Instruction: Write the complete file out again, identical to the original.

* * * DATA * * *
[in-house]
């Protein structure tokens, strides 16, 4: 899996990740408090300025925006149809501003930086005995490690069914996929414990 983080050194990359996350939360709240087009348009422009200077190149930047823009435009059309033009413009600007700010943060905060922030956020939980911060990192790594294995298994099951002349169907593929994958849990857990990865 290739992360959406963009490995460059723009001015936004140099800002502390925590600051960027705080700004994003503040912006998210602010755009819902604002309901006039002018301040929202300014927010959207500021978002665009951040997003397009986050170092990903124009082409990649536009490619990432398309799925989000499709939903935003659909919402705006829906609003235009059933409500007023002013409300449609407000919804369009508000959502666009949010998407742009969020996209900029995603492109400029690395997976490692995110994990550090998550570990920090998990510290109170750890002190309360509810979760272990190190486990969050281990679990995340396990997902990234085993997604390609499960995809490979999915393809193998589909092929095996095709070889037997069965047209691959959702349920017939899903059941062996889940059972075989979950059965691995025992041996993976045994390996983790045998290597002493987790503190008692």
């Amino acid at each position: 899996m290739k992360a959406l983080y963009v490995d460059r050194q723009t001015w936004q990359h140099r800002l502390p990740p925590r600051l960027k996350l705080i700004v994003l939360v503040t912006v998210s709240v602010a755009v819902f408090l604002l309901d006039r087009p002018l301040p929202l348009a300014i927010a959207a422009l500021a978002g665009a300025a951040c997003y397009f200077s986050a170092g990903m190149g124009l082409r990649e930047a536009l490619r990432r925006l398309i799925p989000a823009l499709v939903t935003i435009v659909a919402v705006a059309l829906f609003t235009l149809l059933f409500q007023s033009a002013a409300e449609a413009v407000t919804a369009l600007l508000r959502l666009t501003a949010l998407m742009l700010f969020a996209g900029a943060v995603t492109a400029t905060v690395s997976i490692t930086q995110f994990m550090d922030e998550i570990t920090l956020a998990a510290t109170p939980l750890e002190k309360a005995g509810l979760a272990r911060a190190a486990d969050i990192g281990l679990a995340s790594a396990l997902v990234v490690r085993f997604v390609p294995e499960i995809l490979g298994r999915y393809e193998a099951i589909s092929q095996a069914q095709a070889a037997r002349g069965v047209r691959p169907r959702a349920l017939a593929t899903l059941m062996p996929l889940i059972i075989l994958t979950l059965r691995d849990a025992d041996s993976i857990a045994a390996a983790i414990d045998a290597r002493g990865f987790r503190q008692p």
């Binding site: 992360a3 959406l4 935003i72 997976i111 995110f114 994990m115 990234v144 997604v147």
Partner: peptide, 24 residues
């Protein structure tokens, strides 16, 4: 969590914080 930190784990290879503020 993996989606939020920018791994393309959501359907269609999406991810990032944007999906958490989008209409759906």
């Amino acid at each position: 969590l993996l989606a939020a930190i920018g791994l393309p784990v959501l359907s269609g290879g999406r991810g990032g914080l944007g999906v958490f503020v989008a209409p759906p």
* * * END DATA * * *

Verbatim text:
[in-house]
């Protein structure tokens, strides 16, 4: 899996990740408090300025925006149809501003930086005995490690069914996929414990 983080050194990359996350939360709240087009348009422009200077190149930047823009435009059309033009413009600007700010943060905060922030956020939980911060990192790594294995298994099951002349169907593929994958849990857990990865 290739992360959406963009490995460059723009001015936004140099800002502390925590600051960027705080700004994003503040912006998210602010755009819902604002309901006039002018301040929202300014927010959207500021978002665009951040997003397009986050170092990903124009082409990649536009490619990432398309799925989000499709939903935003659909919402705006829906609003235009059933409500007023002013409300449609407000919804369009508000959502666009949010998407742009969020996209900029995603492109400029690395997976490692995110994990550090998550570990920090998990510290109170750890002190309360509810979760272990190190486990969050281990679990995340396990997902990234085993997604390609499960995809490979999915393809193998589909092929095996095709070889037997069965047209691959959702349920017939899903059941062996889940059972075989979950059965691995025992041996993976045994390996983790045998290597002493987790503190008692």
């Amino acid at each position: 899996m290739k992360a959406l983080y963009v490995d460059r050194q723009t001015w936004q990359h140099r800002l502390p990740p925590r600051l960027k996350l705080i700004v994003l939360v503040t912006v998210s709240v602010a755009v819902f408090l604002l309901d006039r087009p002018l301040p929202l348009a300014i927010a959207a422009l500021a978002g665009a300025a951040c997003y397009f200077s986050a170092g990903m190149g124009l082409r990649e930047a536009l490619r990432r925006l398309i799925p989000a823009l499709v939903t935003i435009v659909a919402v705006a059309l829906f609003t235009l149809l059933f409500q007023s033009a002013a409300e449609a413009v407000t919804a369009l600007l508000r959502l666009t501003a949010l998407m742009l700010f969020a996209g900029a943060v995603t492109a400029t905060v690395s997976i490692t930086q995110f994990m550090d922030e998550i570990t920090l956020a998990a510290t109170p939980l750890e002190k309360a005995g509810l979760a272990r911060a190190a486990d969050i990192g281990l679990a995340s790594a396990l997902v990234v490690r085993f997604v390609p294995e499960i995809l490979g298994r999915y393809e193998a099951i589909s092929q095996a069914q095709a070889a037997r002349g069965v047209r691959p169907r959702a349920l017939a593929t899903l059941m062996p996929l889940i059972i075989l994958t979950l059965r691995d849990a025992d041996s993976i857990a045994a390996a983790i414990d045998a290597r002493g990865f987790r503190q008692p």
């Binding site: 992360a3 959406l4 935003i72 997976i111 995110f114 994990m115 990234v144 997604v147």
Partner: peptide, 24 residues
């Protein structure tokens, strides 16, 4: 969590914080 930190784990290879503020 993996989606939020920018791994393309959501359907269609999406991810990032944007999906958490989008209409759906």
């Amino acid at each position: 969590l993996l989606a939020a930190i920018g791994l393309p784990v959501l359907s269609g290879g999406r991810g990032g914080l944007g999906v958490f503020v989008a209409p759906p």